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Knox Co. Commission votes to form public health committee separate from Board of Health

Commissioners said if the state limited the Board of Health's power, public health decisions would then fall on the mayor. This committee would help advise him.

KNOX COUNTY, Tenn. — UPDATE: The Knox County Commission voted 8-2-1 on a new public health advisory committee.

It would not dissolve the board of health, but serve as another group of experts from different fields that would advise the mayor.

The committee will be made of 11 members selected by the mayor. They then would need to be approved by commission.

It would be comprised of multiple experts from multiple fields, not just in the medical field such as an economist, epidemiologist, business leaders and psychologists.  

Chairman Larsen Jay felt during discussion that the committee would add just another layer to public health committees already in place. "Right now we have 11 groups, boards, committees or councils."

Other members expressed the need for the community to come together to solve ongoing challenges. 

"We have gotten to the point where we have gotten so freaking hateful we will not move this country forward and we're losing our connection to one another," said commissioner Dasha Lundy. 

"We are loosing our connection to one another. If we work together we can take care of the problem. But if we work separate, we will perish in what we're doing right now," said commissioner Charles Busler. 

Commission also passed a first reading for the board of health to hold a public forum at each meeting. Currently only one public forum is held a month. 

ORIGINAL STORY: The Knox County Commission on Monday is set to discuss a resolution that could create a new public health advisory committee that operates separate from the Knox County Board of Health.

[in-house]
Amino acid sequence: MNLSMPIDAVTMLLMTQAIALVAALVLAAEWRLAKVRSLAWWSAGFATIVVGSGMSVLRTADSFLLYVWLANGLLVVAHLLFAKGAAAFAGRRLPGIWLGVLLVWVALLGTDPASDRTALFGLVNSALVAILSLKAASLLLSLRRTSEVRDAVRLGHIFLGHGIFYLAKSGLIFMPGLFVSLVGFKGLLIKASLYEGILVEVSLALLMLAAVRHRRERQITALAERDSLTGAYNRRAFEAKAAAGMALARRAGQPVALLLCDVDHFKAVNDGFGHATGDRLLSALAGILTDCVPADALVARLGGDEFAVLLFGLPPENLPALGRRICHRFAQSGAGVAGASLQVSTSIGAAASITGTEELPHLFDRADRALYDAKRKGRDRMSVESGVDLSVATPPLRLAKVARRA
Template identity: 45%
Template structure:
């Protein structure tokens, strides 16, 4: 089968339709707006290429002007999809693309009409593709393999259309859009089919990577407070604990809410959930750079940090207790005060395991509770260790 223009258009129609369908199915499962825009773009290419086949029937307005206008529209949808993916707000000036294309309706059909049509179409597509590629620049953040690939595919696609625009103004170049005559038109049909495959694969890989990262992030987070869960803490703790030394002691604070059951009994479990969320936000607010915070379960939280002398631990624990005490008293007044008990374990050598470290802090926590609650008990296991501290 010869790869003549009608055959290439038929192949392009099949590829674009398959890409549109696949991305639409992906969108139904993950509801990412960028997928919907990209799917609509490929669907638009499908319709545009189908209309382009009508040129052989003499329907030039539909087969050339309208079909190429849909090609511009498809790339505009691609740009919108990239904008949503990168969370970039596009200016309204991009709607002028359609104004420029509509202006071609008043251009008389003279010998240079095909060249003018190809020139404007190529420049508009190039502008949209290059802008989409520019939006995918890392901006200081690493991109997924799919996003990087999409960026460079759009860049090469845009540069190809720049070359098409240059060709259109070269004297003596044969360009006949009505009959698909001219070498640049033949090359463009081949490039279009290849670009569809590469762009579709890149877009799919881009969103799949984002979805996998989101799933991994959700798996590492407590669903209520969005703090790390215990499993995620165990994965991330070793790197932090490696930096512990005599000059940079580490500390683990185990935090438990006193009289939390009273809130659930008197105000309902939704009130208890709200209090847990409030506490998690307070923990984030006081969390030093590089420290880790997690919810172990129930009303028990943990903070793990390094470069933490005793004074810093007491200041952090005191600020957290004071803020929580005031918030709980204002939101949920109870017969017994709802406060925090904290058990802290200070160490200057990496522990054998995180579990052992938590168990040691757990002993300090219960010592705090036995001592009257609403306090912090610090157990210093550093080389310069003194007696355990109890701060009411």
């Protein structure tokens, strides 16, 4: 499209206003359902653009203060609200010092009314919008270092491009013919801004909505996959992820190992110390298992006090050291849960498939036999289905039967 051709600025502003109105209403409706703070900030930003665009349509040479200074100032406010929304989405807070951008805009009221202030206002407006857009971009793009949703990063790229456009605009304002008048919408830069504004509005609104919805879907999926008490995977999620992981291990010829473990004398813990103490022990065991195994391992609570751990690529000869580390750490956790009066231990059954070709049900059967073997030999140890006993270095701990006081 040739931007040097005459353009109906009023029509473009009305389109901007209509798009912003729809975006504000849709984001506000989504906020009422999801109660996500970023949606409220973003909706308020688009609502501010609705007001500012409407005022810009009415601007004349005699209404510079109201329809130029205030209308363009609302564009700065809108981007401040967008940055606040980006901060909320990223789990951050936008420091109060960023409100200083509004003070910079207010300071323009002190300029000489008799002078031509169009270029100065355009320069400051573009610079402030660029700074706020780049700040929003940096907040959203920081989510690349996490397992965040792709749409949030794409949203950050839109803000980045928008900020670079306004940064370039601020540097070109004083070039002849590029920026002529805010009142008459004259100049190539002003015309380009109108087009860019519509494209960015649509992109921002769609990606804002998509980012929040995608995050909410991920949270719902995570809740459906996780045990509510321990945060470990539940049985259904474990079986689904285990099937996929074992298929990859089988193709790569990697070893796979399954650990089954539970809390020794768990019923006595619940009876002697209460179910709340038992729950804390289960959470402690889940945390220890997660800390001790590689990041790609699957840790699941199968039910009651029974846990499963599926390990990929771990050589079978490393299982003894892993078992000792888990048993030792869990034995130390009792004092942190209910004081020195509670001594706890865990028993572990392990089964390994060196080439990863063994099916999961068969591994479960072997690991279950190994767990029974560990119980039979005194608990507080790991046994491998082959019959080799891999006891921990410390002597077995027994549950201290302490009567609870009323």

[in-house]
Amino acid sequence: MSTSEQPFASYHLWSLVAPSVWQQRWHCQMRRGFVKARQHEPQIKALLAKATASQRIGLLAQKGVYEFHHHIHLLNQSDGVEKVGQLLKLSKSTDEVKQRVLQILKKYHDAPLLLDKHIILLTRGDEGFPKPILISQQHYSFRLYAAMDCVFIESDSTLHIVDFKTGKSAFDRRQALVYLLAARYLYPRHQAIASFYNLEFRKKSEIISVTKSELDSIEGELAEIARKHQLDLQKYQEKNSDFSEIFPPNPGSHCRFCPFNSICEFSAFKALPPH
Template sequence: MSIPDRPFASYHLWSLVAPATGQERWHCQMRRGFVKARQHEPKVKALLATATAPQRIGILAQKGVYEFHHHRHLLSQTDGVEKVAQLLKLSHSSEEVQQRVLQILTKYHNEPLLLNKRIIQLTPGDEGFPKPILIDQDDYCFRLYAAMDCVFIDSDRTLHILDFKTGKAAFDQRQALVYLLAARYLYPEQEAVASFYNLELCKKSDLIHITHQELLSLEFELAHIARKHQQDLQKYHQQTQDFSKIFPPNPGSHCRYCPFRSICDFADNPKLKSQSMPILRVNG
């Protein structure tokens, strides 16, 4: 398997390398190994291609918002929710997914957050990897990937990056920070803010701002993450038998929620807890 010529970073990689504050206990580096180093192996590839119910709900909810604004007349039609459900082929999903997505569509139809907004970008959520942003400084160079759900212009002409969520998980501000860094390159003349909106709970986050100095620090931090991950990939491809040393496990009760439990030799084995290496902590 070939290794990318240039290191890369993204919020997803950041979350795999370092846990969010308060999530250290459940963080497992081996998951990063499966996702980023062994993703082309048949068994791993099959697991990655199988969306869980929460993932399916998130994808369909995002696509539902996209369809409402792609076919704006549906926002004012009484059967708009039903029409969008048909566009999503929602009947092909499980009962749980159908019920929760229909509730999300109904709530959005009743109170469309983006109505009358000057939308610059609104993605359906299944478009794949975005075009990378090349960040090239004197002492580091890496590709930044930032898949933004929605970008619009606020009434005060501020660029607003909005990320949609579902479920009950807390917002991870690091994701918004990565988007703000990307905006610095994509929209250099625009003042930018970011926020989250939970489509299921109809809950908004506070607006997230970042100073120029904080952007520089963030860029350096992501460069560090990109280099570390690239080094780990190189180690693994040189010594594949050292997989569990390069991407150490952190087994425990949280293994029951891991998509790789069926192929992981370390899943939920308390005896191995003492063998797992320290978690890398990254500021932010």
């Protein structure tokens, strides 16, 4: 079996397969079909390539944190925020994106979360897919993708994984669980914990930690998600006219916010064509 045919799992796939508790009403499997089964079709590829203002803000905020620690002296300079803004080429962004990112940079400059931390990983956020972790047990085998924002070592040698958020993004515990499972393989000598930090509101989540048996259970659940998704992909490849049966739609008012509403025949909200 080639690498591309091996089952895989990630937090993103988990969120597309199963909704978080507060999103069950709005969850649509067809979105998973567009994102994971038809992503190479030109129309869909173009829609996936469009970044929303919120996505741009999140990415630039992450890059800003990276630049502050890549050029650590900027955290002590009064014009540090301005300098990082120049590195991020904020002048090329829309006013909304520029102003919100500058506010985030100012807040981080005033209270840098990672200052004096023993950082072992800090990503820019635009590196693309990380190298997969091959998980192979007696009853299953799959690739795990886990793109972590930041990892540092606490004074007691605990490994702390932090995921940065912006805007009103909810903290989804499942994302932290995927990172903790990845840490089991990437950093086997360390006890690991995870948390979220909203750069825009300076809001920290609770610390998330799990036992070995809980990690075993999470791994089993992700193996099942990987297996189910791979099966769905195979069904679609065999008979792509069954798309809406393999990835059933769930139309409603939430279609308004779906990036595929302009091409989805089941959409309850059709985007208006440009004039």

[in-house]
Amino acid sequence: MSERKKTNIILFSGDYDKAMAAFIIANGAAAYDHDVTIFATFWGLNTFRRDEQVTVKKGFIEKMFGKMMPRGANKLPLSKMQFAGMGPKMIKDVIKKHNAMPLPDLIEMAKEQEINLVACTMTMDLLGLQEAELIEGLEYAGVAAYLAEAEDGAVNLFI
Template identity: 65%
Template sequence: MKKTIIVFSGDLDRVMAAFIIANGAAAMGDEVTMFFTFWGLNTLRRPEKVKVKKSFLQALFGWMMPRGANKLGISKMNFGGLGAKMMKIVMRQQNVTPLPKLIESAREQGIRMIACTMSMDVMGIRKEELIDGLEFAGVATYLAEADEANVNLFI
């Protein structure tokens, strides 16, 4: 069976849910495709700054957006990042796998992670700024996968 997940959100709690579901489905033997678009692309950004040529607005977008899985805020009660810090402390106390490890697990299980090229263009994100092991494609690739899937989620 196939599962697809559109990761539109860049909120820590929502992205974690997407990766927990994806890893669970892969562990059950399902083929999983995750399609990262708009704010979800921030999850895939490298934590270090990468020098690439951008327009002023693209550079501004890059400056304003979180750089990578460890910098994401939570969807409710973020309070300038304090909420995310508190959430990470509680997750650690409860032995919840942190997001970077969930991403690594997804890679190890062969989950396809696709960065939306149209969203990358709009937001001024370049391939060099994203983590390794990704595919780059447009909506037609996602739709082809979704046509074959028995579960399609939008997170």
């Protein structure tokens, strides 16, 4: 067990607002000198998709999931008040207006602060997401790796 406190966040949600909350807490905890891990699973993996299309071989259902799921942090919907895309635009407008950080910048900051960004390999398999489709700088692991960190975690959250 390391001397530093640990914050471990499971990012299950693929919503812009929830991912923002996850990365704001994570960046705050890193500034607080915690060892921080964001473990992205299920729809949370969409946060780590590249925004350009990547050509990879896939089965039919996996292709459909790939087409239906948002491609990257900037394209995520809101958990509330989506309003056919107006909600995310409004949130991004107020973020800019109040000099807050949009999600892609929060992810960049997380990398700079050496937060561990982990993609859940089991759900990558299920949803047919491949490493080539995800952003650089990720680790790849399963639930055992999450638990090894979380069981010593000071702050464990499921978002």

The goal of the committee is to serve as an advisory group to Mayor Glenn Jacobs and commissioners, focusing on any topic regarding the physical, mental, or economic health of Knox County citizens.

It would be comprised of multiple experts, not just those in the medical field, such as an economist, epidemiologist, business leaders and psychologists.

Commissioner Kyle Ward said if the state limited the Board of Health's power, public health decisions would then fall on the mayor. This committee would be there help him make decisions. 

The move comes after commissioners last month passed a resolution recommending limiting the power of the Board of Health.

Knox County Health Department director Martha Buchanan said that the BOH already serves as a team of experts for the county, as it's comprised of medical experts and a recently voted in citizen representative.

On Tuesday, she said KCHD would work with the committee once its members are selected.

"There’s a lot to learn in how this committee will operate, and vetting those positions will take some time. We’ll just have to see how the commission and mayor will use that committee and how it will interact with KCHD. We’ll work with whomever is on that committee," she said.